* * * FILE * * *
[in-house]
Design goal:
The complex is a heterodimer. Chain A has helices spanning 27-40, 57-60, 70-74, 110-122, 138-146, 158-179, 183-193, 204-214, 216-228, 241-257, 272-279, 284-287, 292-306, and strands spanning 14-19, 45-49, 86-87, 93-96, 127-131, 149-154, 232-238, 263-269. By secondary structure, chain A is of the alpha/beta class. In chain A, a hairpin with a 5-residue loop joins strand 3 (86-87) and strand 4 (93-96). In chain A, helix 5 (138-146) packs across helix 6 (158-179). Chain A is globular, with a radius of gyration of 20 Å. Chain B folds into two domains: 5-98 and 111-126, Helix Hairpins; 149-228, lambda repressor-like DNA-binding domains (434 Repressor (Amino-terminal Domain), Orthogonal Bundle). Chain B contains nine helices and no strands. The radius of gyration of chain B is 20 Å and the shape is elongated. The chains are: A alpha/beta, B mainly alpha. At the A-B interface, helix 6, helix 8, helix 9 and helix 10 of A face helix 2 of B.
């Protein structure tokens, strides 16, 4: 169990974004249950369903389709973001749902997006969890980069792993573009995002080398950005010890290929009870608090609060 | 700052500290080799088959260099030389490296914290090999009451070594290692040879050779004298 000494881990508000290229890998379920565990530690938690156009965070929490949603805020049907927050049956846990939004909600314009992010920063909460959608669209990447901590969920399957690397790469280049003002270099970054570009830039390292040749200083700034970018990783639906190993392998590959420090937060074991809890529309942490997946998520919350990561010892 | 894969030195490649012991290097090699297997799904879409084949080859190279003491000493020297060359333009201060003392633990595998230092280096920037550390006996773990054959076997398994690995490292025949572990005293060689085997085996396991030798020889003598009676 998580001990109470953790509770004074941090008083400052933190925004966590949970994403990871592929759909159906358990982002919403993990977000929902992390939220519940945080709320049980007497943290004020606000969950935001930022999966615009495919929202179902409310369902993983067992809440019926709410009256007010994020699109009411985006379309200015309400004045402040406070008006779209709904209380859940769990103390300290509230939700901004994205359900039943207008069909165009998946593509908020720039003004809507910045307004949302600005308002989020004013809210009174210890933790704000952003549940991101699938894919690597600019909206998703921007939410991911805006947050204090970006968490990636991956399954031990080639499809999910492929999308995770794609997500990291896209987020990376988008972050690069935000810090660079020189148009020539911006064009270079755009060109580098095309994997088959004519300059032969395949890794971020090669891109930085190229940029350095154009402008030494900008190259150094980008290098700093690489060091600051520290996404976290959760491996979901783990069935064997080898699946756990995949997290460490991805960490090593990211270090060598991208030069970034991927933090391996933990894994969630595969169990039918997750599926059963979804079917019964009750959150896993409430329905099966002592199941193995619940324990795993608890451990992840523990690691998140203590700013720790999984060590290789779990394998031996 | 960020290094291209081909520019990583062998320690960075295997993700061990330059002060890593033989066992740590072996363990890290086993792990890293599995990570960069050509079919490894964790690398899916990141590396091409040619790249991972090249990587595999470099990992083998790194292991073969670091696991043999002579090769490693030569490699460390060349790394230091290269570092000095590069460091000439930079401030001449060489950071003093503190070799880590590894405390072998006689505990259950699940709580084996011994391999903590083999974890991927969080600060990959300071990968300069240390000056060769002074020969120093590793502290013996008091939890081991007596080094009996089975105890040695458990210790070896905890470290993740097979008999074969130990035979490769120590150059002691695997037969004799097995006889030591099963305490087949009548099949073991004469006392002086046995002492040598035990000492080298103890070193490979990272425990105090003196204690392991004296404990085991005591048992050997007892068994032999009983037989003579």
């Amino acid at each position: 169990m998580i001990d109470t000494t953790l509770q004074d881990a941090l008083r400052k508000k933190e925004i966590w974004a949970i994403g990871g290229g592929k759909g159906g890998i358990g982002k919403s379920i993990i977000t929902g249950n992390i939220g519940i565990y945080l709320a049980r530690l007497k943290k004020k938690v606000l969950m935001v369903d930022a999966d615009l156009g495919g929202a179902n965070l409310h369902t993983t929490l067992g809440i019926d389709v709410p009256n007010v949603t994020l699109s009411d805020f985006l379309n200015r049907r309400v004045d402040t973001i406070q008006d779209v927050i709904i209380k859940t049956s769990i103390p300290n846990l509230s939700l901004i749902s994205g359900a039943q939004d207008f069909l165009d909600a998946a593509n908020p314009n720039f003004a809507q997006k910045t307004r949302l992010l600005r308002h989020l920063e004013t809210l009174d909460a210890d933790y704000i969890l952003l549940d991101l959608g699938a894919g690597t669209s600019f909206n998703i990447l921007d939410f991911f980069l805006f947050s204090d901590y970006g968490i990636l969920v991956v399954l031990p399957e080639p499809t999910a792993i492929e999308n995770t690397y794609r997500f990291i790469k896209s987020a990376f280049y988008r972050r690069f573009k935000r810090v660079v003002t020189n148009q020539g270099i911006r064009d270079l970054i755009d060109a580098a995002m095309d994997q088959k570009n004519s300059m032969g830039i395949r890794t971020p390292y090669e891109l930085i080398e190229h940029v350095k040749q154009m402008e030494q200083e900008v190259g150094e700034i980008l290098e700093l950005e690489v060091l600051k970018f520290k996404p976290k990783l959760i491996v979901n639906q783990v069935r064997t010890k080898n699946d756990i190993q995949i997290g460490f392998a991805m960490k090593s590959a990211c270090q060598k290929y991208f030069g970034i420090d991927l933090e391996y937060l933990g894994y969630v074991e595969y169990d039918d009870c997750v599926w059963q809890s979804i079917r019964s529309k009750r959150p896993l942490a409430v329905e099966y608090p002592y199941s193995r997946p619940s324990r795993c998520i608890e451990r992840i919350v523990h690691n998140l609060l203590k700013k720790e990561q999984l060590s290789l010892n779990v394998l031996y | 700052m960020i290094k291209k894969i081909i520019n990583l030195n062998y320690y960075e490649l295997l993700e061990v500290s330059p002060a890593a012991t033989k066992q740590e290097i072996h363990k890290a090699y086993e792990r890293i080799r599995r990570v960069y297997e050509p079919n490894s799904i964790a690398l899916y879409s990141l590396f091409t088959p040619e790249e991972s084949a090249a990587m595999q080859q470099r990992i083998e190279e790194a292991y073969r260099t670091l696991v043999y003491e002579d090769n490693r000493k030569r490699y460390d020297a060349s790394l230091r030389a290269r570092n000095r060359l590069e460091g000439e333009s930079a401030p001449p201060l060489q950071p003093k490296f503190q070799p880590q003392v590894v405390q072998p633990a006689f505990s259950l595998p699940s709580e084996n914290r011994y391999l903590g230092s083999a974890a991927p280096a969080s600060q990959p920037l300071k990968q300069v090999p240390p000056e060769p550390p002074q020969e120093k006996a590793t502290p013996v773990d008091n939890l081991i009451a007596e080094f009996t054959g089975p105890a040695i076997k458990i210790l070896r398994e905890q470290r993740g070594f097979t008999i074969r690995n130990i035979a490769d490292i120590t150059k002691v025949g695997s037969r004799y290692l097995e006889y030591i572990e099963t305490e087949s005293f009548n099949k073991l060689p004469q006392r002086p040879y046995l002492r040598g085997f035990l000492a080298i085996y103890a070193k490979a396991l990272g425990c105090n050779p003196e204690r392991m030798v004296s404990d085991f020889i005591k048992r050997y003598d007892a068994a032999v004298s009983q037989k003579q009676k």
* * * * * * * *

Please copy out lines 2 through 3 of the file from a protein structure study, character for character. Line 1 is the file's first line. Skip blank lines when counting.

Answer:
Design goal:
The complex is a heterodimer. Chain A has helices spanning 27-40, 57-60, 70-74, 110-122, 138-146, 158-179, 183-193, 204-214, 216-228, 241-257, 272-279, 284-287, 292-306, and strands spanning 14-19, 45-49, 86-87, 93-96, 127-131, 149-154, 232-238, 263-269. By secondary structure, chain A is of the alpha/beta class. In chain A, a hairpin with a 5-residue loop joins strand 3 (86-87) and strand 4 (93-96). In chain A, helix 5 (138-146) packs across helix 6 (158-179). Chain A is globular, with a radius of gyration of 20 Å. Chain B folds into two domains: 5-98 and 111-126, Helix Hairpins; 149-228, lambda repressor-like DNA-binding domains (434 Repressor (Amino-terminal Domain), Orthogonal Bundle). Chain B contains nine helices and no strands. The radius of gyration of chain B is 20 Å and the shape is elongated. The chains are: A alpha/beta, B mainly alpha. At the A-B interface, helix 6, helix 8, helix 9 and helix 10 of A face helix 2 of B.